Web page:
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Blind pinnipeds, conservation and other things

I had a very productive, if mellow, week last week. Inspired by setting up my new desk, Tuesday evening I hopped on Caltrain and met MJ for a trip to Ikea to look at some office furniture. We didn’t find anything particularly inspiring but it did help us refine our search some and we ended up ordering a bookcase system that we’ll be able to put the computers on. Wednesday evening I headed out to Noisebridge for their Linux night where I had a great chat with some of the attendees and meet up with another Partimus board member to get a signature for some banking documents.

On Saturday we got up bright and early to drop off Caligula at the vet for his abdominal ultrasound to try to track down the source of his mild hyperglobulinemia. While he was at the vet we headed across the bay to Emeryville to visit West Elm and EQ3 for more furniture browsing. We didn’t come home with anything but have some pretty good plans now. We picked up Caligula a little after 4PM. The good news is that they didn’t find anything that would be causing the high protein levels, no tumors or blockages, all his organs look good! We got a referral to a specialist at a nearby hospital if we want to look further for the cause. The vet seemed to imply that the major, common causes of this symptom have been ruled out so it’s up to us whether we want to put him through more vet visits and tests or if we just want to bring him back in a few months to see if the levels have dropped on their own.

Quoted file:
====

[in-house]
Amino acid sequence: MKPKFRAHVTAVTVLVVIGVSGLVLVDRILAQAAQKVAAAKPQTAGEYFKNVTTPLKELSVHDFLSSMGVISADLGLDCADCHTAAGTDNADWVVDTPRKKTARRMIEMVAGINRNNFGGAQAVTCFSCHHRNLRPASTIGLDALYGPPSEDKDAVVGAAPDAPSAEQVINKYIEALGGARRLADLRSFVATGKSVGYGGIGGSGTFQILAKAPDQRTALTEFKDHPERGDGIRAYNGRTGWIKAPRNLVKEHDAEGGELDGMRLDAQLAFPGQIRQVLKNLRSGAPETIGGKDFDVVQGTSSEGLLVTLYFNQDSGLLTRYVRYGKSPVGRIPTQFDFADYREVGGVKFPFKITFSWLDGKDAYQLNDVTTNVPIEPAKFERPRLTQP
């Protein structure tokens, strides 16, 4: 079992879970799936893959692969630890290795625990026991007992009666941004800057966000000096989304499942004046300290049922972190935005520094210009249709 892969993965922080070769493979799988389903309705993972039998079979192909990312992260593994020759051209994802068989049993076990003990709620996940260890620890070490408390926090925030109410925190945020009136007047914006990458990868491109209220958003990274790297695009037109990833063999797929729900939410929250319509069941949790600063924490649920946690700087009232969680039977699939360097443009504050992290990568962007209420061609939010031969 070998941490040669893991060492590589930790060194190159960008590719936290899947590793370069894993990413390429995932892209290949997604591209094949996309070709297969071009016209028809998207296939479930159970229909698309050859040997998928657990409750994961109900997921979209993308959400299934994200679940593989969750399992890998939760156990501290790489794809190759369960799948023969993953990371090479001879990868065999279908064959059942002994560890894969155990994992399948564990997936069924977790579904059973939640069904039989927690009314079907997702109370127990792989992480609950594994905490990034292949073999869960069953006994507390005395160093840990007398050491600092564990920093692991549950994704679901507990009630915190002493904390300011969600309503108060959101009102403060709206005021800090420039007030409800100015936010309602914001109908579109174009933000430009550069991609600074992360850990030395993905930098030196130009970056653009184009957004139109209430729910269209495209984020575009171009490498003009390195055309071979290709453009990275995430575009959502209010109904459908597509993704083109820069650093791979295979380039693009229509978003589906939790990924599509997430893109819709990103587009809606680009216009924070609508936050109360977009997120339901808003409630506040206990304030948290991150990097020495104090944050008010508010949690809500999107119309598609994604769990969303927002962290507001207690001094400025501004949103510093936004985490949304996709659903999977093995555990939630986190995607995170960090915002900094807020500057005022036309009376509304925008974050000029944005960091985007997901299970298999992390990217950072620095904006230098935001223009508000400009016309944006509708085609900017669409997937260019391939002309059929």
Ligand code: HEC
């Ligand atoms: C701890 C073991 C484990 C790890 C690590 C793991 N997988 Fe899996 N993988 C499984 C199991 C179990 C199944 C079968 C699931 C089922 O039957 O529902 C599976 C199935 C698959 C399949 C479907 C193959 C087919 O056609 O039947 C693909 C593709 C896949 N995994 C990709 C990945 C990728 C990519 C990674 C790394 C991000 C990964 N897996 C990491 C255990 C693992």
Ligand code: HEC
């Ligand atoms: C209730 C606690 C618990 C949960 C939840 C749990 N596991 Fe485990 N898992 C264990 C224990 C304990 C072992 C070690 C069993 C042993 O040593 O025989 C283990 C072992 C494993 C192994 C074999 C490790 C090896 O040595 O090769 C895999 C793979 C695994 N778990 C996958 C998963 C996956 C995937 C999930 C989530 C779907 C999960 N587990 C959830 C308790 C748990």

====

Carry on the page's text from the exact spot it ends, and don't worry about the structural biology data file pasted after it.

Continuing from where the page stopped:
Sunday was the San Francisco Pride parade which I caught about a half hour of around 10:30AM. It’s always quite the event for the city but I’ve had other plans during the weekend two years in a row! Perhaps next year I’ll make better plans to enjoy more of the awesome festivities.

After that I hopped on MUNI to meet up with Jessica Ledbetter and James Tatum at the Beach Chalet for brunch. From there we all headed over to the San Francisco Zoo!

In spite of going to the zoo pretty often, the frequent changes (special exhibits! new exhibits! baby animals!) make going every other month a treat. This visit did not disappoint.

One of my favorite animals at the zoo (of which there are many) is Orkney, the 42 year old grey seal that has been living at the zoo since 1970 when he was just a year old. He’s “mostly blind” and was my first blind pinniped of the day – and it was the first time I’d ever seen him outside of his pool!

I also swung by to see the baby anteater, who has grown to be quite large but still rides around on the back of its mother. For once I got to see them outside!

It was then over to the obligatory 3:30 penguin feeding (feeding video, waddling video). Then it was over to the zoo’s newest exhibit for Henry and Silent Knight! These were my second and third blind pinnipeds of the day. Henry is a 2 year old sea lion who was found starving on a beach, they don’t believe he was born blind but don’t know the cause (Henry’s rescue story sign) and Silent Knight is an adult sea lion who was rescued after a gunshot wound to the head which left him permanently blind (Silent Knight’s rescue story sign). I’ve been tracking the story of these two guys since MJ sent me a link about Silent Knight several months back when he was recovering at The Marine Mammal Center, and I was really excited to learn that they’d have a permanent home at my favorite zoo! I was very happy to finally see them, lounging in the sun in their new home. Did I mention the sun? It was a gorgeous day, a bit too nice – I ended up with a sunburn on my face, oops!

We also visited their new Tarantulas: Alive and Up Close exhibit which will be open through Labor Day. They had over a dozen tarantulas on display, very cool.

More zoo photos from Sunday in a flickr set here: http://www.flickr.com/photos/pleia2/sets/72157626939167459/